I am commencing an investigation into Maine's gubernatorial candidates, which started unofficially with my last post on LePage's "Open For Business: campaign; Here is a summary of the Open For Business legislation, which I will be examining further in another post. There is much in the bill that was not mentioned in the Kennebec Journal article that I used as a source in my previous post.
I expect this to be a sporadically organized project - as I work spontaneously - in the moment, on the go, in between other things that need to be done.
The gubernatorial hopefuls are listed here.The ones we usually hear about are Lepage, Michaud, and Cutler but there are three relative unknowns on the list others on the list:
Adam Eldridge (Independent) - Project EngineerLee Schultheis (Independent) - Retired Financial Executive David Slagger (Independent) - Ex-Maliseet Tribal Representative to the Legislature & '12 State Rep. Candidate
Starting off with Michaud on energy:
Here is the link to Michuad's campaign website:
Michaud on Energy
Michaud wants to continue the mandatory taxpayer investment in wind power and solar power. There is a currently a empowered business consortium composed of state and private enterprises which has stripped municipalities in any say over the 100 windmills the business consortium plans to install in the Gulf of Maine.
On the surface, Michaud's idea of having energy efficient requirements on new homes doesn't sound like a bad idea but one has to examine the details. Will certain types of energy efficiency be given preference? The United States is hovering on the edge of becoming one of the world largest oil and natural gas providers which will drive down the cost of oil and provide a longer time frame in which to develop alternate energy technologies.
The rush to wind and solar is fueled by the business interests of quasis- a prevalent hegemony of power which is spun by the media as "public-private partnerships", but which becomes its own form of government, un-elected by the people and enabled to use government to write legislation to suit itself. The quasis- have installed their own taxpayer funded lobbyists, going by such names as "legislative liaison for the DECD", as but one example. The DECD - Department of Economic and Community Development -serves special interests- other wise known as the legislature's "targeted sector" and excludes the entire retail sector, which means it excludes Main Street from their narrowly defined concept of "community".
Conclusion: Although Michaud's idea of energy efficient standards for new homes sounds reasonable on the surface, if one factors in the special interests served by the legislature's "targeted sector economics" and the un-fair play and power grabs currently functioning through public-private business consortiums, the possibility that such a program will be used to give special interests an unfair advantage over general interests is very probable. Before such a program is viable, the corruption risk report card of Maine has to get a whole lot better,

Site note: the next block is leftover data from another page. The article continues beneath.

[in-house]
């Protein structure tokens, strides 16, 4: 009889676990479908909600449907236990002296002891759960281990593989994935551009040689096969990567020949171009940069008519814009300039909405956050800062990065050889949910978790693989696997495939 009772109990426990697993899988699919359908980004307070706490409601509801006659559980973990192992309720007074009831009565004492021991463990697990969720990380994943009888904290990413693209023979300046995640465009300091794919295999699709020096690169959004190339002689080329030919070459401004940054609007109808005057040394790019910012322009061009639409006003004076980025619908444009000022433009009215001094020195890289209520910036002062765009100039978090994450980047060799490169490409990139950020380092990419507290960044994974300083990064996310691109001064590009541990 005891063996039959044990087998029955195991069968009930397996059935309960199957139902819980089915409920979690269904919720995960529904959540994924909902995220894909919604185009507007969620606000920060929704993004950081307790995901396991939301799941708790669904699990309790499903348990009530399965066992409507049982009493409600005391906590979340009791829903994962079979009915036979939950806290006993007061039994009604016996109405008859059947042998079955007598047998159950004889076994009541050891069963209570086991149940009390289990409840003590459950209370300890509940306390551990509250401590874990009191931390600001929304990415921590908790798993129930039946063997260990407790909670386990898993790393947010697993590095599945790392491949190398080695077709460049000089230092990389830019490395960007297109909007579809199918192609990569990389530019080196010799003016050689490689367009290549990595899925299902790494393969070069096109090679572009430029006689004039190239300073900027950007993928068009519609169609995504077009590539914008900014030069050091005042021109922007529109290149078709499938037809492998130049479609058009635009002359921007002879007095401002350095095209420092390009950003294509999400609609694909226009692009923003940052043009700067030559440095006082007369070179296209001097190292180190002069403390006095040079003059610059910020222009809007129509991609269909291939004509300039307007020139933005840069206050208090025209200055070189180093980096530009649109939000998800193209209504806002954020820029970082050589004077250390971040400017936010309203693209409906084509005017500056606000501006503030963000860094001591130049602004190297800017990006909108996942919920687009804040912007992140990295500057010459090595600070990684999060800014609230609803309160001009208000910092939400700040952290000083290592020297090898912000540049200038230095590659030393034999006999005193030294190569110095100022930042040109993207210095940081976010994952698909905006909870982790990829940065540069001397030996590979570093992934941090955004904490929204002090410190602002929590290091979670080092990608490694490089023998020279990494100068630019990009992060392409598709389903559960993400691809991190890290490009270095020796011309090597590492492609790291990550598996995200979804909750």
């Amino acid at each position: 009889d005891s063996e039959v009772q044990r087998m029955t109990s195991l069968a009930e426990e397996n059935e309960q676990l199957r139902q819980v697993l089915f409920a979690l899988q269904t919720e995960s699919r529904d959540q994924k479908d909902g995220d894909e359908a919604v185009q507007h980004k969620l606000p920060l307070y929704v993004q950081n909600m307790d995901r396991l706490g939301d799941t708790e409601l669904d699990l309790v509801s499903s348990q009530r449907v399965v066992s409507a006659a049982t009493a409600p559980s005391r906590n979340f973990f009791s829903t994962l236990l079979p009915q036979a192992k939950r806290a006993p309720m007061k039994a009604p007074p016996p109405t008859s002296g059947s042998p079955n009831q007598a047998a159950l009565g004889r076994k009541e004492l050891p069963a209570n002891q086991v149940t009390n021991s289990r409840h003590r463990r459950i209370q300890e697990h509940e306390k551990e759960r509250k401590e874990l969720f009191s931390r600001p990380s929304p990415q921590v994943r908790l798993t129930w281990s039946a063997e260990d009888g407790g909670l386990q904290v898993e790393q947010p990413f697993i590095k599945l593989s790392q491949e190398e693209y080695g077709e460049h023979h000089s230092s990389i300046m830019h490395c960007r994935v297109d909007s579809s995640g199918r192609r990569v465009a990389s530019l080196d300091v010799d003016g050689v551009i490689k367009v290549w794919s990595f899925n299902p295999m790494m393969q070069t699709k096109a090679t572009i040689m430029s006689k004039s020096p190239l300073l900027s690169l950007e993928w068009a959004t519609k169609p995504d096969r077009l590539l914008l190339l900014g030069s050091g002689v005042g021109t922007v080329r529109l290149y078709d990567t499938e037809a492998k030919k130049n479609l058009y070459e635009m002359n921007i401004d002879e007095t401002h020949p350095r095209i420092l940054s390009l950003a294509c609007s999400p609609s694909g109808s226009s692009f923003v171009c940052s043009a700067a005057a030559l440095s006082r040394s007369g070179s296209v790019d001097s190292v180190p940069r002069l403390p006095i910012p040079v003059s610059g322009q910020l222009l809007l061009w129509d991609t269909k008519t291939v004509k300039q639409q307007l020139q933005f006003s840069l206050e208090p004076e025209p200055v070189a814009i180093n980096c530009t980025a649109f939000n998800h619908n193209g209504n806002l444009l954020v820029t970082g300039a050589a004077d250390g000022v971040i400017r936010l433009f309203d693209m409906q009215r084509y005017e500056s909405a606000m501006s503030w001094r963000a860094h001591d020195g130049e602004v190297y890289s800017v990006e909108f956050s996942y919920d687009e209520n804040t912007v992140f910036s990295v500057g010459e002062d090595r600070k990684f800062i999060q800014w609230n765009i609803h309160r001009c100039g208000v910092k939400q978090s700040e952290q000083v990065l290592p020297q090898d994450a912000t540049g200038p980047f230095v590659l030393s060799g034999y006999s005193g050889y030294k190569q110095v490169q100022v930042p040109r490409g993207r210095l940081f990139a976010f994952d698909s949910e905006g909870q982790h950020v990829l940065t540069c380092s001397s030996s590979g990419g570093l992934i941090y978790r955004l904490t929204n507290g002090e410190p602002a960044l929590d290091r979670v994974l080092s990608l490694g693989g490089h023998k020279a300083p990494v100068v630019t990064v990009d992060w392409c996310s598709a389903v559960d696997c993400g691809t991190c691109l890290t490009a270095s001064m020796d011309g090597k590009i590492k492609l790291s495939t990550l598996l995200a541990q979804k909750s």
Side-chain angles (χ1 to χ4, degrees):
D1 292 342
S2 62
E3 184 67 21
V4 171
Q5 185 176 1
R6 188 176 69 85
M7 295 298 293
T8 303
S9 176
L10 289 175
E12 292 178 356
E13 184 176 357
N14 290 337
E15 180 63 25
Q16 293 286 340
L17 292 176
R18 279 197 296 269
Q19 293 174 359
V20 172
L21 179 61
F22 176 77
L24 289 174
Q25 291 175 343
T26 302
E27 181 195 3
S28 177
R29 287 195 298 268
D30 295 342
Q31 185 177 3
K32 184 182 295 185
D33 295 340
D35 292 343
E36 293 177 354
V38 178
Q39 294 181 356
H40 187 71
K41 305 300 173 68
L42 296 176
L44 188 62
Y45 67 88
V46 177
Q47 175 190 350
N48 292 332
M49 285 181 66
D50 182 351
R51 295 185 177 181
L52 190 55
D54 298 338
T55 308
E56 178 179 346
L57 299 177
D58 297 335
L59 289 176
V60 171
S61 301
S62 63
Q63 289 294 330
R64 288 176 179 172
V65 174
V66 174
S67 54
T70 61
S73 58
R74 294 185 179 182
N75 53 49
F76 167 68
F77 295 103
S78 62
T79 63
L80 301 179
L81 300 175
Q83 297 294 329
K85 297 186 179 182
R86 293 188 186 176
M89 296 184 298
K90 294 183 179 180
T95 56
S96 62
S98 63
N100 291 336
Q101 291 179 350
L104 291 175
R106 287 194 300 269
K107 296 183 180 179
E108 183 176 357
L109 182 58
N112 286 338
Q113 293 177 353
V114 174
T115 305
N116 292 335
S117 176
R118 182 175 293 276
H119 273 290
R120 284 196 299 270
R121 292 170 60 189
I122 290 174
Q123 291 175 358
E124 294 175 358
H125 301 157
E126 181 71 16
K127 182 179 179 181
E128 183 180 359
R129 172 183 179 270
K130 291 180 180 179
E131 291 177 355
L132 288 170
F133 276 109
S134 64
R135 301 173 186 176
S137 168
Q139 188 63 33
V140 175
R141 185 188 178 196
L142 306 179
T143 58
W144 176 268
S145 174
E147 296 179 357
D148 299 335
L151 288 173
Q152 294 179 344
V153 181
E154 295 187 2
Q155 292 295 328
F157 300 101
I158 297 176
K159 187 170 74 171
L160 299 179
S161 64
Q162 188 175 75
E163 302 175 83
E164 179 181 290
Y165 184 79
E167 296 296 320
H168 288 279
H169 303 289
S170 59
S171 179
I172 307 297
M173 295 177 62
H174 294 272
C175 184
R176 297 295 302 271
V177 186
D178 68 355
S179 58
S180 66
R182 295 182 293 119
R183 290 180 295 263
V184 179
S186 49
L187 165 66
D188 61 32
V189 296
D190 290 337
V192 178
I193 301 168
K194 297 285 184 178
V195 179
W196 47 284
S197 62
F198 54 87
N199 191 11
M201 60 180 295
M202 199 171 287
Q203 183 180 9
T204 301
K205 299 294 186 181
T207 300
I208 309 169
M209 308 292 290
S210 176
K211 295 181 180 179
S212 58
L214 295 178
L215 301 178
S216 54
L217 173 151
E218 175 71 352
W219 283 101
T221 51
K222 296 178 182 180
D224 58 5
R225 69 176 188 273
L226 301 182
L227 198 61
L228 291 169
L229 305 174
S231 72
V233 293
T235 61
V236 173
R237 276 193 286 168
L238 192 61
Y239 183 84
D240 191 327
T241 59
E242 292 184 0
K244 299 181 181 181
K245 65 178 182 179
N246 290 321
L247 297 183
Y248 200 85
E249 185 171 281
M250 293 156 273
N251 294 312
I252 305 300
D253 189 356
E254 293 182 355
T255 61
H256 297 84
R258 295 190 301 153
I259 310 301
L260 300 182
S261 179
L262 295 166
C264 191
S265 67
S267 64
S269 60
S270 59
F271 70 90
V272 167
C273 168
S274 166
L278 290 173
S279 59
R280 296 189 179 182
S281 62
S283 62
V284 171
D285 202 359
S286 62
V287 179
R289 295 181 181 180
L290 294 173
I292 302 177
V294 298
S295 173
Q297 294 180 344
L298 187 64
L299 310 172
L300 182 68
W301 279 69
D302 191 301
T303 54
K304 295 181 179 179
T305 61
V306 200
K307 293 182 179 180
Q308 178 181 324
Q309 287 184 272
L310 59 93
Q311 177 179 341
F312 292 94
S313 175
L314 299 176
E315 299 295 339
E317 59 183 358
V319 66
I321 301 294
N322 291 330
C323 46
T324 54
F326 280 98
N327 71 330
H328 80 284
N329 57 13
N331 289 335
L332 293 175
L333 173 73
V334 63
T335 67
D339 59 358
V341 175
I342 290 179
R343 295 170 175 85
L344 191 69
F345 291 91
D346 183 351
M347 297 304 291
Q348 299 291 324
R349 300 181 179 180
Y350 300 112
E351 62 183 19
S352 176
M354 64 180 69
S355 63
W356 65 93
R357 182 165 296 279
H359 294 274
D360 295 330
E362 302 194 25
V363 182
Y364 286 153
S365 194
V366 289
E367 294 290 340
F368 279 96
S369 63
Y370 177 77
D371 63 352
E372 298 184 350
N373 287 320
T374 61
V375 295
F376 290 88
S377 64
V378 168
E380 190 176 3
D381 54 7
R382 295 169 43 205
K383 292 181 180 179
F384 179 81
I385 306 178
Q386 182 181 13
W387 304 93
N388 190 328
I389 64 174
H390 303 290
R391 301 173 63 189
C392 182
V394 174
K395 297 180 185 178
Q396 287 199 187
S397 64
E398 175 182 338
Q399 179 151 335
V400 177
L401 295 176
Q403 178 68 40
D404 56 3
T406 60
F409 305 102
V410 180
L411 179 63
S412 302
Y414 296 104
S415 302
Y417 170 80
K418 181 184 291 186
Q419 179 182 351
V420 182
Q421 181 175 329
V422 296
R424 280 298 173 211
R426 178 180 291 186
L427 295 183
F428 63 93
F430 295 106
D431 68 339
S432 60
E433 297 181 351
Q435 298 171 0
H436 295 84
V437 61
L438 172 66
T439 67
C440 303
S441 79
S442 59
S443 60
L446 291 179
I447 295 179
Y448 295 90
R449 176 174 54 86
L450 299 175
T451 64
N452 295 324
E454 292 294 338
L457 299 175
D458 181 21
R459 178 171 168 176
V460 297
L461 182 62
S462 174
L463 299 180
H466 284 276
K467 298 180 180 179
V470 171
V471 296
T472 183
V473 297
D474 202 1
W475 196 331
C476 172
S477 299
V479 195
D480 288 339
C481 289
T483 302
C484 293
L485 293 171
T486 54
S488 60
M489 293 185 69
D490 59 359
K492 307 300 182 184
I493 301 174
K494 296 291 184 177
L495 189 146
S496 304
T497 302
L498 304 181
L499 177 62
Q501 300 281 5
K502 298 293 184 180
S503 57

The state should not be forcing wind and solar use on the public at a time when new technology in harvesting oil is making the United States extraordinarily rich in oil and natural gas resources. The windmill and solar industries are being driven by federal and state subsidies which have resulted in many infamous bankrupt alternative energy investments and windmill grave yards.
And interesting to note the language with which Michaud spins his program"
“Technology is advancing at lightning speed, and we need to take advantage of that,” he said Tuesday in Yarmouth during an Earth Day celebration.
Under Michaud’s plan, new homes would need report cards on how efficiently they use energy before they could be sold. That small step would empower homeowners to invest in new technology, Michaud said.Exactly how does mandating energy efficiency report cards "empower" the homeowner to "invest" in new technology? I think having cash in the hand empowers one to invest. This is Michaud's way of saying that creating energy efficiency regulations will "nudge" the public into "investing" in new energy technologies- which is more likely than not, when Michaud is speaking, wind and solar. There is another new technology happening in the harvesting of oil but the proponents of wind and solar would have us believe that we need to invest in those industries because the price of oil in on the rise. That may be temporarily true but if the United States has a new administration, it is highly possible that regulations imposed by the current administration on the development of our oil resources will be dismissed, resulting in lower oil costs and an economic boom-as well as increased national security ( keeping Putin in check). The proponents of Maine wind and solar continue to act as though they live in a bubble world in which there has been no new technology impacting the oil and natural gas industries in the USA. If the power consortium of business interests does bring up the new technologies in oil production, it is usually to bring up the arguable claim that oil is more harmful to the environment than alternative resources. Maine State Inc is in bed with wind and oil business interests. That's the advantage of being a "quasi". One can force the public to buy one's product- not that different from the ACA.
Michaud blasted LePage’s opposition to renewable energy, including the governor’s recent veto of a bill that would have restored a rebate program that encouraged the purchase of solar panels. The Legislature upheld that veto last week.The title on the page for the Michaud campaign's energy policy supports my view:
When a state allows the legislature to grab central management of its economy, we can expect everything to be governed by the interests of warring business consortium and quasi collaborations of hegemonic power. The consortium that has the more powerful government faction will win.